Mae'r cynnwys hwn ar gael yn Saesneg yn unig.
Talk of numbers with school teachers, most immediately think of their MAT (more able and talented) students who can ‘do maths’, but where does the social science bit come in? On Wed 2nd November, in our ESRC Festival of Social Science event ‘Who are we? From local to global citizen’, we took on the challenge to show some 70 KS4 pupils from five local schools how to ‘do’ social science with numbers. The five participating schools include three from Cardiff: Cathays, Cantonian and Mary Immaculate and two from the Valleys: Mountain Ash and Ferndale.
After a welcome speech from Malcolm Williams (Head of School), three short presentations were given using the results of an online survey students completed in advance of the event. Interactive activities were built into the plenary sessions. The pink/green/blue voting cards went down a treat (featured in the video below with Dr Luke Sloan); we should have had more of those. In the break-out sessions, students compared their own results with national and international data on happiness, Welsh language and identities.
They learned how to compute the ‘happiness index’ and interpret statistics by studying maps and tabulations. They also learned how to be a critical consumer of statistics, the importance of random sampling, the limits of generalizations and the merits of disaggregation in data analysis.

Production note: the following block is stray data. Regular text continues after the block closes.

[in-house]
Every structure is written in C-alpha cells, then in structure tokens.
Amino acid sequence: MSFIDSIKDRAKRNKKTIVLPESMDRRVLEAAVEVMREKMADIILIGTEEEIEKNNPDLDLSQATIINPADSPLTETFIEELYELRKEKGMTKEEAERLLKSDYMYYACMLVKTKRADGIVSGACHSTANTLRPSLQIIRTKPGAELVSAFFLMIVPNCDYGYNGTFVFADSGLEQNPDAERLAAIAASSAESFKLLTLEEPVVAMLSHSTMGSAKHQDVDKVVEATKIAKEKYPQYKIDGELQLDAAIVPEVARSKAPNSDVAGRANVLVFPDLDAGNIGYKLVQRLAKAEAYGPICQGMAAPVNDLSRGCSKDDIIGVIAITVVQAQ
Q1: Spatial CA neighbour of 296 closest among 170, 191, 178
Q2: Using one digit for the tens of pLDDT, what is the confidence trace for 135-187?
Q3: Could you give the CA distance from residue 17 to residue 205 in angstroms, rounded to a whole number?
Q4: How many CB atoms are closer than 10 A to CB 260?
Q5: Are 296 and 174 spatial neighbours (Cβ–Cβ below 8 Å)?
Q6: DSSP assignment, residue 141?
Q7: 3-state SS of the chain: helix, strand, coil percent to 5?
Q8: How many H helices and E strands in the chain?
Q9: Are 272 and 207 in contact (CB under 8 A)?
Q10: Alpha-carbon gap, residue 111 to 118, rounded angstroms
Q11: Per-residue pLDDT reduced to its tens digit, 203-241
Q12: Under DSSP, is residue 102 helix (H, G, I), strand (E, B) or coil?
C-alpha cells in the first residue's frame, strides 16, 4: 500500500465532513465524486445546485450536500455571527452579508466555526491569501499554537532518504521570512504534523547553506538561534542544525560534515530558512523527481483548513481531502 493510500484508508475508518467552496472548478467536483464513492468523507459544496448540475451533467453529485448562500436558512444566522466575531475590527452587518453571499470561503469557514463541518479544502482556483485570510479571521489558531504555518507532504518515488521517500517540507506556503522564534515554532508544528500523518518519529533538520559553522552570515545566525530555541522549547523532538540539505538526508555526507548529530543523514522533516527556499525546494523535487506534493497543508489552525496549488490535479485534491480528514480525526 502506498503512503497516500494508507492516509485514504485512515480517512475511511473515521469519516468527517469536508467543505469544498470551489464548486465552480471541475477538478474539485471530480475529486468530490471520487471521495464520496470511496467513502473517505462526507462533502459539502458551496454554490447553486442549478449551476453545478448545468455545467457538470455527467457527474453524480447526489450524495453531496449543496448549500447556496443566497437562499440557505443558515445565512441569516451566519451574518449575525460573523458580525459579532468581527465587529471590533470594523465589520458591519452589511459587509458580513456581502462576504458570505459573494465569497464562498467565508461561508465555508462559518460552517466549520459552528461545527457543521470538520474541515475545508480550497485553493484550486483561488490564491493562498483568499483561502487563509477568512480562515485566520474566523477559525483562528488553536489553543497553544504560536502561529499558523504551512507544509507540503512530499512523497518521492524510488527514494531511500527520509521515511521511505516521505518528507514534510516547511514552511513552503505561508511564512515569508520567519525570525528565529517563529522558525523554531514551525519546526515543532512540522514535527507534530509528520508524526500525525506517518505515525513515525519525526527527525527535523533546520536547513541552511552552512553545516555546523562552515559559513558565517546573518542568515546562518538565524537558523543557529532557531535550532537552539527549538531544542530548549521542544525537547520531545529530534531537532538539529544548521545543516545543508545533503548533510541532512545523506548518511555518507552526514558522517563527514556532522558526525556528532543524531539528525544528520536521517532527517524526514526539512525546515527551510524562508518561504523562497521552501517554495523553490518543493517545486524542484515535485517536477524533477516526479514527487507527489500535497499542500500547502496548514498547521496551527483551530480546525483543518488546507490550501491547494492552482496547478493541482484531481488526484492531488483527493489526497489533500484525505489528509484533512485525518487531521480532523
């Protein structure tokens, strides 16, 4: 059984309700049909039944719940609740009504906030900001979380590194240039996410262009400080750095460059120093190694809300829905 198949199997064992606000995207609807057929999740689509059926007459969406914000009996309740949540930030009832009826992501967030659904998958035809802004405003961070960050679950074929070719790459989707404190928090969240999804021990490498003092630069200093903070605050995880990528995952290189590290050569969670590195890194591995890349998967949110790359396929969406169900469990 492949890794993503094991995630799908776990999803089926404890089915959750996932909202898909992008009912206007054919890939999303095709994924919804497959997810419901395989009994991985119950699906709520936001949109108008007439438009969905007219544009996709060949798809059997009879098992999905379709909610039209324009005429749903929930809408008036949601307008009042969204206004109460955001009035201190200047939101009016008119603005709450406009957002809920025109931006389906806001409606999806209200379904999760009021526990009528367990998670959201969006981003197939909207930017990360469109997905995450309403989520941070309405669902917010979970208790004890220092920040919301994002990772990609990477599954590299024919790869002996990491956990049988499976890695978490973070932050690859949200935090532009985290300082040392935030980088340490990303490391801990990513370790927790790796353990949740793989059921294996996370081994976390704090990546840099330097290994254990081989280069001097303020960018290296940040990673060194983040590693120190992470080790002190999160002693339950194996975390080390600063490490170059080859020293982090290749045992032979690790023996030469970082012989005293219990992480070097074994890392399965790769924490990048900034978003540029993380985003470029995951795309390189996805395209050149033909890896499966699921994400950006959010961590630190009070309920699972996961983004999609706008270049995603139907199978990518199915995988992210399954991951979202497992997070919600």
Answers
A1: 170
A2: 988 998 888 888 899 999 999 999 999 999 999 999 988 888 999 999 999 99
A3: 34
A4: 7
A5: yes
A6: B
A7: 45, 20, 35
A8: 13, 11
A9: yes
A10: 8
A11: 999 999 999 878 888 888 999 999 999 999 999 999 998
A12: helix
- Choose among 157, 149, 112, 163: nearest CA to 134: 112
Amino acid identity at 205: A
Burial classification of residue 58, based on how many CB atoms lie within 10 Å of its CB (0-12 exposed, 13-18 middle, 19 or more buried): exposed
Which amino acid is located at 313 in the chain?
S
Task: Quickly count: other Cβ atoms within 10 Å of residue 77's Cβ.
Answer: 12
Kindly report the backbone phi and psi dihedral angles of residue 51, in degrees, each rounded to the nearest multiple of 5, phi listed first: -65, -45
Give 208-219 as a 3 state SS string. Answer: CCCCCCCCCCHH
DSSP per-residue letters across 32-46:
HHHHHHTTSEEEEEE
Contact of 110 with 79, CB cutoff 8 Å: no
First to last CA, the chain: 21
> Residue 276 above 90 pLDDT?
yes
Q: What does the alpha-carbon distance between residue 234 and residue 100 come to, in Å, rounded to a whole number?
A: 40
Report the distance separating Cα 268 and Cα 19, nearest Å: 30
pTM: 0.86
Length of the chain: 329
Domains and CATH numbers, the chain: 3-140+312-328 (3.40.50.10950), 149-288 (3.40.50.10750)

After lunch, students re-convened to report their results from the workshop exercises. The chance of ‘lucky dips’ in the goody bag certainly helped boost their confidence in answering questions in what might seem an intimidating big lecture theatre. The slide show of photos taken during the morning sessions justly achieved a ‘wow’ effect.
Mark Drakeford, in his hat as AM (Cardiff West), as well as Professor of Social Policy, gave the final plenary session. He spoke about how quantitative social science research makes a real difference in peoples’ lives and how Townsend’s work on poverty in Wales and the Welsh Multiple Index of Deprivation had informed government policies and funding allocation.
The day was rounded off with a presentation of certificate of attendance, which gave the students a sense of accomplishment. Ferndale School also won the prize for the highest response rate in the online survey. So what did the 14-15 year olds make of it all? Apart from a few cheeky comments (which is perhaps not surprising for this age group), the majority (89%) said the day enjoyable, stimulating and educational. Two students wanted to become politicians by the end of the day. So well done Mark!
This event aims to promote the use of quantitative methods in social science research among schools in South Wales. Through an online survey and lively interactive workshops, participants will learn how to ask interesting social science research questions and develop an understanding of the principles of research and survey design.